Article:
Effects of Short-term Temperature Change in the Innocuous Range on Histaminergic and Non-histaminergic Acute Itch
Zoe Lewis, David N. George, Fiona Cowdell, Henning Holle
While temperatures in the noxious range are well-known to inhibit acute itch, the impact of temperature in the innocuous temperature range is less well understood. We investigated the effect of alternating short-term temperature changes in the innocuous range on histamine and cowhage-induced acute itch, taking into account individual differences in baseline skin temperature and sensory thresholds. Results indicate that cooling the skin to the cold threshold causes a temporary increase in the intensity of histamine-induced itch, in line with previous findings. Skin warming increased cowhage-induced itch intensity. Potential mechanisms of this interaction between thermosensation and pruritoception could involve cold-sensitive channels such as TRPM8, TREK-1 or TRPC5 in the case of histamine. The rapid modulation of cowhage induced itch – but not histamine-induced itch – by transient skin warming could be related to the lower temperature threshold of pruriceptive polymodal C-fibres (cowhage) as compared to the higher temperature threshold of the mechanoinsensitive C-fibres conveying histaminergic itch.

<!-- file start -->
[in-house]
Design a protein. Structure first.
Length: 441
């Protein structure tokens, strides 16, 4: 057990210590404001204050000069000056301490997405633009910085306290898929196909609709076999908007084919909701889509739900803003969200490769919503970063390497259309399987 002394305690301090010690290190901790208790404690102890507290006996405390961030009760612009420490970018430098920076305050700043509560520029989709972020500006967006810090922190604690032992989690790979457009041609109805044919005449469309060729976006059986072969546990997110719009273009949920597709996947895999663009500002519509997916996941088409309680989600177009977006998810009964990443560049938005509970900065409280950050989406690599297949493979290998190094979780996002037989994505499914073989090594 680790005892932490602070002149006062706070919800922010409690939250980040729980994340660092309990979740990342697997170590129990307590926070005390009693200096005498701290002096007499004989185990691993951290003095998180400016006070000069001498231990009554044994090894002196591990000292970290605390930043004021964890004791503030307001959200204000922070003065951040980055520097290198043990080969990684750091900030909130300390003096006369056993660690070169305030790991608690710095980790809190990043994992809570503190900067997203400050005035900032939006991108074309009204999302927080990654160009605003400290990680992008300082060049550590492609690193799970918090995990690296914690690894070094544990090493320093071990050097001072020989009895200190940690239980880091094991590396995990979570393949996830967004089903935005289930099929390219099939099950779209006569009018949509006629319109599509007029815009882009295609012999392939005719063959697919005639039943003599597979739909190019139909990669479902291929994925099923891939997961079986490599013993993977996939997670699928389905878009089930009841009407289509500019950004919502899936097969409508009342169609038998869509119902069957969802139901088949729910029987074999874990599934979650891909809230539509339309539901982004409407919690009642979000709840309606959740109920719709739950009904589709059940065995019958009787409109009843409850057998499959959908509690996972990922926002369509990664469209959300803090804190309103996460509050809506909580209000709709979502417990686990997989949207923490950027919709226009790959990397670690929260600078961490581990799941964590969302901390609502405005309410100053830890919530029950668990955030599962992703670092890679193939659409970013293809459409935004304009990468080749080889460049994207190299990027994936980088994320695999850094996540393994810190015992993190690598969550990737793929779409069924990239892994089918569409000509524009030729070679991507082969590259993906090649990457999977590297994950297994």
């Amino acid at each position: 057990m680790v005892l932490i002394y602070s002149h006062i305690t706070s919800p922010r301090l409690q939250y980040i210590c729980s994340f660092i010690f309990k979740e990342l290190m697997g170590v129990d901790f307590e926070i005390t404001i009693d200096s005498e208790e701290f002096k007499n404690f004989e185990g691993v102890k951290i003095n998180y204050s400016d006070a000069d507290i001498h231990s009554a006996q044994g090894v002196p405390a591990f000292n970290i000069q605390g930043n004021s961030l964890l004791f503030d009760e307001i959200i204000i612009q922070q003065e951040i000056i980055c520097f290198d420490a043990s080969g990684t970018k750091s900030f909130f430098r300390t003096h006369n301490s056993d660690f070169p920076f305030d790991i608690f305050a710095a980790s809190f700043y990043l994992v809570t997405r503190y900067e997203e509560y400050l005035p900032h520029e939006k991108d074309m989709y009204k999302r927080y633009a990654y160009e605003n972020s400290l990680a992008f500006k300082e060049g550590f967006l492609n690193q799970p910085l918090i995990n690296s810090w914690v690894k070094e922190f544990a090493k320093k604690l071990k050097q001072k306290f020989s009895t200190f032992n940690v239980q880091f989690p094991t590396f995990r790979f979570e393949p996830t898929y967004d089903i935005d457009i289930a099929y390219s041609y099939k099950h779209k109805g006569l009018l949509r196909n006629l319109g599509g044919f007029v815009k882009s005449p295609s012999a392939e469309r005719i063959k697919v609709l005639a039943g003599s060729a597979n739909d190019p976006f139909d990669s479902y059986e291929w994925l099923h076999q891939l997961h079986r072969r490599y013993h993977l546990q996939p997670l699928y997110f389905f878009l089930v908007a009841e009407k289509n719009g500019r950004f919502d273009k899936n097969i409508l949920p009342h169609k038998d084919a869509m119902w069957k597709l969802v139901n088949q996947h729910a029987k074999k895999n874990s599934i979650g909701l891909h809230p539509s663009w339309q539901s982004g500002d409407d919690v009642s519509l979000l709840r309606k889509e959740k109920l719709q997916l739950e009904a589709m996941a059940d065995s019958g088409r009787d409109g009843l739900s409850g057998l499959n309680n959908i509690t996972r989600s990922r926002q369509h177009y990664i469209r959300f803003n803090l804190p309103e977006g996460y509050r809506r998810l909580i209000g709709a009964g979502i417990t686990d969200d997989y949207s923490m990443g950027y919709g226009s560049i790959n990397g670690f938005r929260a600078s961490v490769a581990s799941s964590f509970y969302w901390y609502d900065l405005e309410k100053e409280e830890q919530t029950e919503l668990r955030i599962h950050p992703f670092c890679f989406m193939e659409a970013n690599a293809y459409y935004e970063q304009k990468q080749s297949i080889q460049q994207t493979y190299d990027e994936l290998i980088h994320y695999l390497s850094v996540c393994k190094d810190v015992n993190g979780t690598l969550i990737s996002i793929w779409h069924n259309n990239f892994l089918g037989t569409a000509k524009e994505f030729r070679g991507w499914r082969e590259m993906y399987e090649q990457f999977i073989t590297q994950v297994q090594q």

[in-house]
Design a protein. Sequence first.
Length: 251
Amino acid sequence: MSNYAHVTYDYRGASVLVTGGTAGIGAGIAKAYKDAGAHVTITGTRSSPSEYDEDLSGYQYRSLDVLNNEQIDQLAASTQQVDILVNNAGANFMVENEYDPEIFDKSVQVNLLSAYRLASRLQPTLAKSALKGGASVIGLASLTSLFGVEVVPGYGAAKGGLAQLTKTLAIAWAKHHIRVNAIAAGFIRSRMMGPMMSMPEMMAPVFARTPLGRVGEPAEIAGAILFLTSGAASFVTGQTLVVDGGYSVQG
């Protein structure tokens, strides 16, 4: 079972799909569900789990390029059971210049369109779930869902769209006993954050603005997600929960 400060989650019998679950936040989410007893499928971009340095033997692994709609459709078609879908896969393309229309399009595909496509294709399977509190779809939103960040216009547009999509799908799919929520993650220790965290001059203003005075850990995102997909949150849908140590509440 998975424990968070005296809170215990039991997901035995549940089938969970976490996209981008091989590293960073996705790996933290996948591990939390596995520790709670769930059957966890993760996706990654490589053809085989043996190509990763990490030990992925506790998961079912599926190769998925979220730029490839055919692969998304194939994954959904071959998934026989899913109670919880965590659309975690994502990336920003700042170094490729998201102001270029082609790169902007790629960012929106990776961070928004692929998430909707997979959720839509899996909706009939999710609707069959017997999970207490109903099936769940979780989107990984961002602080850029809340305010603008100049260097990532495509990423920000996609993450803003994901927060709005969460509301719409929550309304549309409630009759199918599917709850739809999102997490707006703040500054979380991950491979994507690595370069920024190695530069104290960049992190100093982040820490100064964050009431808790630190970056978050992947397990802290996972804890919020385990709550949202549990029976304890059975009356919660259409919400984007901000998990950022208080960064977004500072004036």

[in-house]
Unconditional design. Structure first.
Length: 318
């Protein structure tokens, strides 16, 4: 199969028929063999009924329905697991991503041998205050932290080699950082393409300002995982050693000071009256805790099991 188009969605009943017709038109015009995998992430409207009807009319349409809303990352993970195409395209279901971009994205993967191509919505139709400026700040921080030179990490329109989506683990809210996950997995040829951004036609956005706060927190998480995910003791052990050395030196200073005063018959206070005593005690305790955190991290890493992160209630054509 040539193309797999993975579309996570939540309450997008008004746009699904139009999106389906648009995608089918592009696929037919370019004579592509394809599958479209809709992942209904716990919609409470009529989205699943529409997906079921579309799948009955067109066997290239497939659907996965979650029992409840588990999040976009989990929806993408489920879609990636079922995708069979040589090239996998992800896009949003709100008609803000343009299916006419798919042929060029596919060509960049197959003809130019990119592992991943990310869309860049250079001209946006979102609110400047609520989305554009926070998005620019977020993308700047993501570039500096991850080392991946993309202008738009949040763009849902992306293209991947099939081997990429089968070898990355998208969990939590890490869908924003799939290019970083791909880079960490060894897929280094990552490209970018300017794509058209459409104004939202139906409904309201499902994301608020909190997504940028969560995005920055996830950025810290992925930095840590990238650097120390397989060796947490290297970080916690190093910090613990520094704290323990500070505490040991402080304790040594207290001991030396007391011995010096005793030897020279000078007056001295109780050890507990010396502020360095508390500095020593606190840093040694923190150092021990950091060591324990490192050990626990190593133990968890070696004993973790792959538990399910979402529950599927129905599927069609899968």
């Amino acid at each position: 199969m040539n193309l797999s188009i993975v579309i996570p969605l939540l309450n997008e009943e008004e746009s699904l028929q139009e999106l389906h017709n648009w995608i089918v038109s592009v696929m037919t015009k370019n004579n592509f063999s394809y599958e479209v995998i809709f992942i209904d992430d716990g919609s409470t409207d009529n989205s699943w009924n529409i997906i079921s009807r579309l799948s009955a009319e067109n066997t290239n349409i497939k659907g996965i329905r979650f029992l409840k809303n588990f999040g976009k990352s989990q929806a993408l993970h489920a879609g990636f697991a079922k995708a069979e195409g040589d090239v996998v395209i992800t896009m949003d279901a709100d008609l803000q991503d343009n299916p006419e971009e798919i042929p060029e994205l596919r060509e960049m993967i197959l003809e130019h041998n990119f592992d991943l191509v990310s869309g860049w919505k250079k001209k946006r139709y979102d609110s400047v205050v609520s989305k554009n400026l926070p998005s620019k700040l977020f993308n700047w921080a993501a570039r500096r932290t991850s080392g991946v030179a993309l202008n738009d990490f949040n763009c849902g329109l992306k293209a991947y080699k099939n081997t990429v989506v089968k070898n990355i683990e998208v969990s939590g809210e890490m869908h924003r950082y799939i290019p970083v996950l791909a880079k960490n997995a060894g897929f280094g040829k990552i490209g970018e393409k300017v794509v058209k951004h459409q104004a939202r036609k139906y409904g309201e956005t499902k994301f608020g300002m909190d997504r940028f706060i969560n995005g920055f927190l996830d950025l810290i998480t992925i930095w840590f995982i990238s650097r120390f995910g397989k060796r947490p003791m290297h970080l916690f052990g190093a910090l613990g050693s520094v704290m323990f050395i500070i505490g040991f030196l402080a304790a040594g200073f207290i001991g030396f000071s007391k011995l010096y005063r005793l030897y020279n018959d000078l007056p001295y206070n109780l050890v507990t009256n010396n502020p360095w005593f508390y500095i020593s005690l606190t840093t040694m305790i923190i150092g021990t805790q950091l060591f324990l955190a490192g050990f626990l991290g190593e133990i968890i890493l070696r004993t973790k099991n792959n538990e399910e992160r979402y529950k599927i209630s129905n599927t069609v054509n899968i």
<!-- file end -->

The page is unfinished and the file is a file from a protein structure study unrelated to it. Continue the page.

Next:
Determining the influence of temperature changes in the non-painful range on itch is not only of clinical interest, but also relevant for basic psychophysical research, which often requires that itch intensity can be reliably modulated within a matter of seconds in an on–off fashion. We characterized the effect of short-term temperature changes on two types of itch sensations; histamine and cowhage-induced itch. Our result shows that both itch pathways can be modulated by short-term changes in temperature, potentially enabling statistically powerful neuroimaging studies, to further elucidate the cortical network underpinning the clinically relevant sensation of itch.